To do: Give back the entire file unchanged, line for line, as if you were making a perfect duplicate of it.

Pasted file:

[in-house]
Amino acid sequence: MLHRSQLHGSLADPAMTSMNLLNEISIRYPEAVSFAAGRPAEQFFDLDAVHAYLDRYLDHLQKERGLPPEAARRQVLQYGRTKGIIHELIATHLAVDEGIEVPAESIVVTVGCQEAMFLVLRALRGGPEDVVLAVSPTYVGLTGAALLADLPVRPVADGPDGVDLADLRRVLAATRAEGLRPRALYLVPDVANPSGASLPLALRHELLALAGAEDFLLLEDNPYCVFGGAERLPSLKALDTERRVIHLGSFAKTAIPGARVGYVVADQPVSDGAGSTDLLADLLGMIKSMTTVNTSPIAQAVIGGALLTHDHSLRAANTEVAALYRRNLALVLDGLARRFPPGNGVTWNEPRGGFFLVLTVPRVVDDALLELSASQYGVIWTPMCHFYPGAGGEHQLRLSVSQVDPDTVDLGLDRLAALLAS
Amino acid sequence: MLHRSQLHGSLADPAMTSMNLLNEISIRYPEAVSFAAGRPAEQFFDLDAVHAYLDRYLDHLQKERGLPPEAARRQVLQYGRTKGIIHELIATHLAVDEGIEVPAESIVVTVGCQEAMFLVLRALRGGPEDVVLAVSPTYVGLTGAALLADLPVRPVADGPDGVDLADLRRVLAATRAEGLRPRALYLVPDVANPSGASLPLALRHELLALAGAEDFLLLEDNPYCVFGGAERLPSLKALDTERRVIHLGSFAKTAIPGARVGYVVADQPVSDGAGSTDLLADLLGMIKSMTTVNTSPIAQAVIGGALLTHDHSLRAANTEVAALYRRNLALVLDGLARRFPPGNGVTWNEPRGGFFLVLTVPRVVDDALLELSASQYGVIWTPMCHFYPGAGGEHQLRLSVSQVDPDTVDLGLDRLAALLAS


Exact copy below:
[in-house]
Amino acid sequence: MLHRSQLHGSLADPAMTSMNLLNEISIRYPEAVSFAAGRPAEQFFDLDAVHAYLDRYLDHLQKERGLPPEAARRQVLQYGRTKGIIHELIATHLAVDEGIEVPAESIVVTVGCQEAMFLVLRALRGGPEDVVLAVSPTYVGLTGAALLADLPVRPVADGPDGVDLADLRRVLAATRAEGLRPRALYLVPDVANPSGASLPLALRHELLALAGAEDFLLLEDNPYCVFGGAERLPSLKALDTERRVIHLGSFAKTAIPGARVGYVVADQPVSDGAGSTDLLADLLGMIKSMTTVNTSPIAQAVIGGALLTHDHSLRAANTEVAALYRRNLALVLDGLARRFPPGNGVTWNEPRGGFFLVLTVPRVVDDALLELSASQYGVIWTPMCHFYPGAGGEHQLRLSVSQVDPDTVDLGLDRLAALLAS
Amino acid sequence: MLHRSQLHGSLADPAMTSMNLLNEISIRYPEAVSFAAGRPAEQFFDLDAVHAYLDRYLDHLQKERGLPPEAARRQVLQYGRTKGIIHELIATHLAVDEGIEVPAESIVVTVGCQEAMFLVLRALRGGPEDVVLAVSPTYVGLTGAALLADLPVRPVADGPDGVDLADLRRVLAATRAEGLRPRALYLVPDVANPSGASLPLALRHELLALAGAEDFLLLEDNPYCVFGGAERLPSLKALDTERRVIHLGSFAKTAIPGARVGYVVADQPVSDGAGSTDLLADLLGMIKSMTTVNTSPIAQAVIGGALLTHDHSLRAANTEVAALYRRNLALVLDGLARRFPPGNGVTWNEPRGGFFLVLTVPRVVDDALLELSASQYGVIWTPMCHFYPGAGGEHQLRLSVSQVDPDTVDLGLDRLAALLAS